Our View: Yampa Valley Housing Authority's foolish gamble


At issue

Yampa Valley Housing Authority’s Elk River Village parcel

Our view

Decision to stop making loan payments is shortsighted.

The Yampa Valley Housing Authority’s decision to stop making payments to First National Bank of the Rockies on a $2 million loan is a shortsighted stunt that puts the agency’s long-term future in doubt.

The YVHA board of directors sent a letter last week to the Steamboat Springs City Council and Routt County commissioners stating that YVHA plans to suspend $10,000-per-month loan payments on its Elk River Village property.

The Housing Authority purchased the 11-acre West Steamboat property in 2006 for $2.3 million, putting down $300,000 and borrowing $2 million from the bank in 2007. The goal was to undertake a project similar to Fox Creek Village, a successful YVHA development that was completed in 2006 and provided housing to 30 families making 120 percent or less of the area’s median income at the time.

YVHA’s timing on the Elk River parcel could not have been worse. Shortly after the loan was completed, the housing market collapsed. Property values plummeted in 2008 and only now are beginning to recover. Demand for affordable housing — and by extension, public support for YVHA — effectively dried up.

The most recent appraisal for the property was $1.5 million in 2011, and the Housing Authority said the only offers it has received on the property have been for even less.

YVHA thinks the bank should lower the outstanding principal on the loan by $800,000 to be more in line with the current value of the property, which YVHA estimates to be between $800,000 and $1,000,000.

To date, First National Bank of the Rockies has been unwilling to revise the terms of the loan, and who can blame the bank? There is no compelling reason for the bank to write down $800,000 in money it rightfully is owed.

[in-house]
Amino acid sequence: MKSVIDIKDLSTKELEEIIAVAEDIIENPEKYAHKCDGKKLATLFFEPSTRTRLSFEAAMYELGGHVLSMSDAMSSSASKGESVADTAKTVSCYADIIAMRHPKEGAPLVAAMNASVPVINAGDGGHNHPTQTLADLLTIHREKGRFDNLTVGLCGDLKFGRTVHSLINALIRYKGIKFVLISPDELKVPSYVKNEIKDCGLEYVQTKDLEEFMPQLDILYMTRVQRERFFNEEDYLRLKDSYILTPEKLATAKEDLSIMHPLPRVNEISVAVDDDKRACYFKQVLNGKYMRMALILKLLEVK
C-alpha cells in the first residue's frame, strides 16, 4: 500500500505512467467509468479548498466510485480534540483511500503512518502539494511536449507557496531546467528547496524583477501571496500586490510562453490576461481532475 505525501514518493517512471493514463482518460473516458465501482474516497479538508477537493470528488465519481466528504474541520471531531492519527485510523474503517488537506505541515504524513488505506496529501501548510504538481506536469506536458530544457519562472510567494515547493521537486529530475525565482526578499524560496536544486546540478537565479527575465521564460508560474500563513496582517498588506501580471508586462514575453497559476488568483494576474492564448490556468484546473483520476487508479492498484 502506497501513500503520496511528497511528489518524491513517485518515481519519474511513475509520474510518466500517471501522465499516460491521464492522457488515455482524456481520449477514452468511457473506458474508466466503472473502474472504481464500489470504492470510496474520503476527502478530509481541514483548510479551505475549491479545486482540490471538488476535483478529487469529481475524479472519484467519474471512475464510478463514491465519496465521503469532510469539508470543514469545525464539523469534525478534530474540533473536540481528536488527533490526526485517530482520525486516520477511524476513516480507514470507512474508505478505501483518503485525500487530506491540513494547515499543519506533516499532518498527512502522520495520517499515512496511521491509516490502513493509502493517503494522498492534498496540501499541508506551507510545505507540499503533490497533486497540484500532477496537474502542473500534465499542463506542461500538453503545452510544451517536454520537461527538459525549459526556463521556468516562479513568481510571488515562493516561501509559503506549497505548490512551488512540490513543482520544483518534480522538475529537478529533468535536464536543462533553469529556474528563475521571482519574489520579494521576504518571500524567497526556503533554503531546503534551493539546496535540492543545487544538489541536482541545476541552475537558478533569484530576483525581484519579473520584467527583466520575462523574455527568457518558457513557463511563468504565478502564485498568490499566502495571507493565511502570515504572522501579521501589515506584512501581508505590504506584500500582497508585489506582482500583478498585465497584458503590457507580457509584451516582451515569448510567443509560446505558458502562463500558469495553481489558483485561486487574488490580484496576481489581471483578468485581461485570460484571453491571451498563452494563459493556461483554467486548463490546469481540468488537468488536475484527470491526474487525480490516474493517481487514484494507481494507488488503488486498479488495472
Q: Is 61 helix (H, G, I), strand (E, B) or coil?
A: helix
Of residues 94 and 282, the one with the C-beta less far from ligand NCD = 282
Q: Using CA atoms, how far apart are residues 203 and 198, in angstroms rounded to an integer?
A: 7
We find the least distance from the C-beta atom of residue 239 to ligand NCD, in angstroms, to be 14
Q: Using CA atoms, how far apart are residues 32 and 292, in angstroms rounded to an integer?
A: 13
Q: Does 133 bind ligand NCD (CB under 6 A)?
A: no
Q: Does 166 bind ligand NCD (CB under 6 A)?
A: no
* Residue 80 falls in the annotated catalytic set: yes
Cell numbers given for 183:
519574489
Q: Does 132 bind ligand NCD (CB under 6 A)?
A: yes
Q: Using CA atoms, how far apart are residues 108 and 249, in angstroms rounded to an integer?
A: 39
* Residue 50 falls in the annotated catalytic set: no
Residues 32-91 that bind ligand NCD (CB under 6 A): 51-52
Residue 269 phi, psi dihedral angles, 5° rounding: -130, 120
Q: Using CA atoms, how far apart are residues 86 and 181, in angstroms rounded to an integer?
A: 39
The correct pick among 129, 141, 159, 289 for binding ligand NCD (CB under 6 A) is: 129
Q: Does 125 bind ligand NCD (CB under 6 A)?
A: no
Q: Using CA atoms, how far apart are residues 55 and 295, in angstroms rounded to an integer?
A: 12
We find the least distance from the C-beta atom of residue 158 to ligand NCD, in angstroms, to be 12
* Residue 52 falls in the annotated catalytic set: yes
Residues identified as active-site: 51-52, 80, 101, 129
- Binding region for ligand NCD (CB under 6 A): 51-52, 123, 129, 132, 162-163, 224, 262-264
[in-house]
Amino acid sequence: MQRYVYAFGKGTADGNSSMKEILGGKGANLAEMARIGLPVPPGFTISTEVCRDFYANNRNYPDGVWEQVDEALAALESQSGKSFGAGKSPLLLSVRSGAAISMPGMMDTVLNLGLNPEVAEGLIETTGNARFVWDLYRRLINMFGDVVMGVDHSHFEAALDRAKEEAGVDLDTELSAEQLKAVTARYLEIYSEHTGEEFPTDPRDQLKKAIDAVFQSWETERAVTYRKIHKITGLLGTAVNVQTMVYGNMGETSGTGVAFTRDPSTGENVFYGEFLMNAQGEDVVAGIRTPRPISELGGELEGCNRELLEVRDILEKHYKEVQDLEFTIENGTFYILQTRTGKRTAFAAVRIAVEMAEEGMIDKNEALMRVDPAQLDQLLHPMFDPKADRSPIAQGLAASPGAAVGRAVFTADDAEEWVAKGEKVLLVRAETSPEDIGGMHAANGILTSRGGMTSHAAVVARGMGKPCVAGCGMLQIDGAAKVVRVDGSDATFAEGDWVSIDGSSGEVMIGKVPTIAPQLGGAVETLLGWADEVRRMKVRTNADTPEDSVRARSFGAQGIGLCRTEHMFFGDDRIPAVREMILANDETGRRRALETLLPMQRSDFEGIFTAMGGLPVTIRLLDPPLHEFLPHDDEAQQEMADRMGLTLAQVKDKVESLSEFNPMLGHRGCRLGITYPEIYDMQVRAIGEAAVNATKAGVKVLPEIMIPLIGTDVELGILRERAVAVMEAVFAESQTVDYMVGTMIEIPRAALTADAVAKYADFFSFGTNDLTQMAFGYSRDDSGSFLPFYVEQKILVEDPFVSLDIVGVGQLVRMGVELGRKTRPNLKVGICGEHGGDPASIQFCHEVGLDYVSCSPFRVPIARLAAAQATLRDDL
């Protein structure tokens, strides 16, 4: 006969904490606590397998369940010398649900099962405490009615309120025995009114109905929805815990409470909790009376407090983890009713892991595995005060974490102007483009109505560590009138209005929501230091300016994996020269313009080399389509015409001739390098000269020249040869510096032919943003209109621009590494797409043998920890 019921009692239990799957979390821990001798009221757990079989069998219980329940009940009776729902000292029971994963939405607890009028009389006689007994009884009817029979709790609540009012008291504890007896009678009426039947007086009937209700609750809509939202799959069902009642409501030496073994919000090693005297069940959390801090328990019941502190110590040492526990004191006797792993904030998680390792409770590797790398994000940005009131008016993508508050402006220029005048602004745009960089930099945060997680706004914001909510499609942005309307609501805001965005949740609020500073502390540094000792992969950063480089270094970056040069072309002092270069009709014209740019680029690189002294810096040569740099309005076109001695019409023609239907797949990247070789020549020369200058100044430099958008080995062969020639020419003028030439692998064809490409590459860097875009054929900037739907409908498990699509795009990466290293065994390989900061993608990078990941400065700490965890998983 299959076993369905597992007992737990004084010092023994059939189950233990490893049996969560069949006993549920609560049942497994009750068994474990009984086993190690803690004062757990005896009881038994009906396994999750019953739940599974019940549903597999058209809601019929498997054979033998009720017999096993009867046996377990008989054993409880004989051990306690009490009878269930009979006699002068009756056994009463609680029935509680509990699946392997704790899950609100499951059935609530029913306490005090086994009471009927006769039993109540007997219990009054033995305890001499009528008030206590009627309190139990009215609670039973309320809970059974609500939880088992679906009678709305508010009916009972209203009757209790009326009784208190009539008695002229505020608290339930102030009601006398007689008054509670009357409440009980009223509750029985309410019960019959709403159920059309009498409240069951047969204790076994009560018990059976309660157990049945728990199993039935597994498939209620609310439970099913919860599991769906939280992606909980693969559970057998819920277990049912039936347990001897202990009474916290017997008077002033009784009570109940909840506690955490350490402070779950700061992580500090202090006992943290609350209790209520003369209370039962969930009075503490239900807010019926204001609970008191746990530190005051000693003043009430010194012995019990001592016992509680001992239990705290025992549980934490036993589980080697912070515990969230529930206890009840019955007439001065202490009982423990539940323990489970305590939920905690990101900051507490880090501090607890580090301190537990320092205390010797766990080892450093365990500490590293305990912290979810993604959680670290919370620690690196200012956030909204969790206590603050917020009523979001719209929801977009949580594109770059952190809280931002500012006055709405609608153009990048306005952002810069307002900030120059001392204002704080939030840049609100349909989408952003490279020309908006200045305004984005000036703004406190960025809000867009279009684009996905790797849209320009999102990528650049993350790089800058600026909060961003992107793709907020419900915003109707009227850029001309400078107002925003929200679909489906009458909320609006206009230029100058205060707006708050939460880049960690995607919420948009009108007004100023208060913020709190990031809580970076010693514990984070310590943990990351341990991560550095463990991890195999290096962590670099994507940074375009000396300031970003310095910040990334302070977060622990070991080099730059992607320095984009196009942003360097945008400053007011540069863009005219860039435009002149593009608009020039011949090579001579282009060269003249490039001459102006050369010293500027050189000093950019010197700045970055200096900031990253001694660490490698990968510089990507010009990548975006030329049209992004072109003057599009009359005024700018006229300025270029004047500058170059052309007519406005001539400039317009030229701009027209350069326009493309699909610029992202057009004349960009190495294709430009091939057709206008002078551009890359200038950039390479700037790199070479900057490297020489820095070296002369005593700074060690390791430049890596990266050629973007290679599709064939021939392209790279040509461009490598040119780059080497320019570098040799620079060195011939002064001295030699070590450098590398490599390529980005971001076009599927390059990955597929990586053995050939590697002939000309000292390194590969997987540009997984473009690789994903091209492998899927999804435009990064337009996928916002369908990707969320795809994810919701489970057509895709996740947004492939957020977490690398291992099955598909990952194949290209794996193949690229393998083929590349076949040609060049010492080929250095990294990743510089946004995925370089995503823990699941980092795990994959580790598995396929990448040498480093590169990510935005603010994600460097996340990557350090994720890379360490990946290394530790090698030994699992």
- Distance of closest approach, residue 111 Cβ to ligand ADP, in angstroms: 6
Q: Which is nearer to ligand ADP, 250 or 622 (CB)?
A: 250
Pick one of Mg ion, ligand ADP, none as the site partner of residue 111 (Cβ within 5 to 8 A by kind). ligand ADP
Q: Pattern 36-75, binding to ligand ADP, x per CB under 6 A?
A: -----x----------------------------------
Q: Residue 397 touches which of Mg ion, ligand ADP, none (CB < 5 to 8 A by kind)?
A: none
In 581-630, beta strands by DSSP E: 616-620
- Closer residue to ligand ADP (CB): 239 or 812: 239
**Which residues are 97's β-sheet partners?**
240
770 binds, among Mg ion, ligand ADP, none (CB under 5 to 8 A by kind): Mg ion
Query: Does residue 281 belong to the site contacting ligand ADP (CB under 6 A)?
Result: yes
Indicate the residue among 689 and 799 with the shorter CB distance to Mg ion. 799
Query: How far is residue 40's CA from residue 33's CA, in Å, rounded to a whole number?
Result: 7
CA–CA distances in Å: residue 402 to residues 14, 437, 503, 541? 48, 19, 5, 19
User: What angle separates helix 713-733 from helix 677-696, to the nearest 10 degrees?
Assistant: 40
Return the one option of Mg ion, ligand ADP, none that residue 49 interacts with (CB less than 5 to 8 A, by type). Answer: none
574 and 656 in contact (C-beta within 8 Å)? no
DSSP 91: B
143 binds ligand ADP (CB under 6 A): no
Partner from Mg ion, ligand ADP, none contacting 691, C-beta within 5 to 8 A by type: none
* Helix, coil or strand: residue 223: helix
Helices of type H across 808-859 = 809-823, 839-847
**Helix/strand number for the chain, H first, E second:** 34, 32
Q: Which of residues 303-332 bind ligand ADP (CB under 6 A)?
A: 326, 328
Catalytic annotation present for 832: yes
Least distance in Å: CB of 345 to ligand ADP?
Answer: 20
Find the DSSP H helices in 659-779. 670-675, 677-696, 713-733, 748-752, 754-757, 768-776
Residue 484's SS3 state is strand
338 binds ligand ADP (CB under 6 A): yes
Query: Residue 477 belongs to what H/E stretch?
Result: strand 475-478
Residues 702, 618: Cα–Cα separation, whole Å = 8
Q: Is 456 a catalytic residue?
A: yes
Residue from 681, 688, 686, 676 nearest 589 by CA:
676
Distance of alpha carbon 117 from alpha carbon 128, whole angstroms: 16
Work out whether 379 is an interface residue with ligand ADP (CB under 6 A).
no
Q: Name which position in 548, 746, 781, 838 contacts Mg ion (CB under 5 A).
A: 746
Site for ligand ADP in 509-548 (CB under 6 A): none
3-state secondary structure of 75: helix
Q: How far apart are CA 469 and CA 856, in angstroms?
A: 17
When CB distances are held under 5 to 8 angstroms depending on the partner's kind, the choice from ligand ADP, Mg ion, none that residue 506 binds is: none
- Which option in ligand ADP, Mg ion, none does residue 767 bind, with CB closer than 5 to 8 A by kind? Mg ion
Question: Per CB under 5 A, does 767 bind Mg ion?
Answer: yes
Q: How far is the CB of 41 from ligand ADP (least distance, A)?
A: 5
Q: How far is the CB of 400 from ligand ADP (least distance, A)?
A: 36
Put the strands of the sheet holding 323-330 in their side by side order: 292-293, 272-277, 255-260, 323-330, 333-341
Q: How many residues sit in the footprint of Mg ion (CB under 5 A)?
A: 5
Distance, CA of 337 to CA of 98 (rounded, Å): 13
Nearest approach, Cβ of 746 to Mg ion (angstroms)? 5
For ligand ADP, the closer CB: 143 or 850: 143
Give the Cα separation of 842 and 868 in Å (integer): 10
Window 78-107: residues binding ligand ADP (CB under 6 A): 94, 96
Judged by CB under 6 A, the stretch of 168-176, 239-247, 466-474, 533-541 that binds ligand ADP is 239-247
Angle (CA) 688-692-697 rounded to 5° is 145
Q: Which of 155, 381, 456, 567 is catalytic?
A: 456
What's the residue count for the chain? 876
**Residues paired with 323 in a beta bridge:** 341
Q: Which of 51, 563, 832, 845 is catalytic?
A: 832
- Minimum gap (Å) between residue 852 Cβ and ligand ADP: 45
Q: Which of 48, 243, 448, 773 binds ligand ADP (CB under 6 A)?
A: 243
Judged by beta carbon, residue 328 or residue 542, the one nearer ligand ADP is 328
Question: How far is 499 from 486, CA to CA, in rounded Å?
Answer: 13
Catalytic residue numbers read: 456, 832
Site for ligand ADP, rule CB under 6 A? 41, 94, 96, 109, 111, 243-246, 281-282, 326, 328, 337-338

YVHA’s threats to stop payments — as well as its claim that the loan is null and void because, in the opinion of YVHA’s attorney, the loan violates terms of Colorado’s Taxpayers Bill of Rights — seem aimed primarily at scaring the bank into negotiations.

So far, the threats have not worked. And even if they eventually do and a revised agreement is reached with First National Bank of the Rockies, what financial entity in its right mind would ever work with the housing authority again?

YVHA is far from the only entity in this position on a property loan. This week, about 50 percent of participants in a Steamboat Pilot & Today survey said they remain underwater on their mortgages despite recent improvements in the housing market. The vast majority of those residents will continue to grind out mortgage payments and hope for better times.

In our view, the city and county — which created YVHA in 2003 and continue to be the YVHA’s sole funding sources — have an obligation to work with the agency’s board of directors to ensure the agency has enough funding to continue its existing operations and meet its debt obligations. It’s disheartening that City Council member Scott Myller and Routt County Commissioner Doug Monger, who both serve on the YVHA board, think threatening to walk away from a $2 million loan is the best option.

Make no mistake — the housing authority does have other options. YVHA could go to voters with a limited property tax proposal, though the chances for success of that seem slim.

A better option would be to continue making payments on the loan in the not unrealistic hope that recent improvements in the housing market will continue and the original goals of the Elk River Village property eventually can be accomplished.

That doesn’t seem altogether unrealistic, except that given this recent stunt, it’s hard to have any faith that YVHA has the foresight and patience necessary to make that happen.


Scott Wedel 10 months, 2 weeks ago

Few additional points: 1) YVHA has a new Denver based lawyer Dee Wisor. YVHA's lawyer had been Bob Weiss whom has a long history of advising local governments. There is no explanation on why YVHA apparently switched lawyers. Is YVHA acting upon well considered legal advice or did they go lawyer shopping to be told what they wanted to hear?

2) The legal theory that the loan for the Elk River parcel is invalid certainly raises legal questions about YVHA's other loans. The loans for YVHA's lots in Sierra View are essentially identical as the Elk River loan and both were in the same YVHA budget dept.. The loan for Fish Creek Mobile Home Park is very similar, but in a different YVHA budget.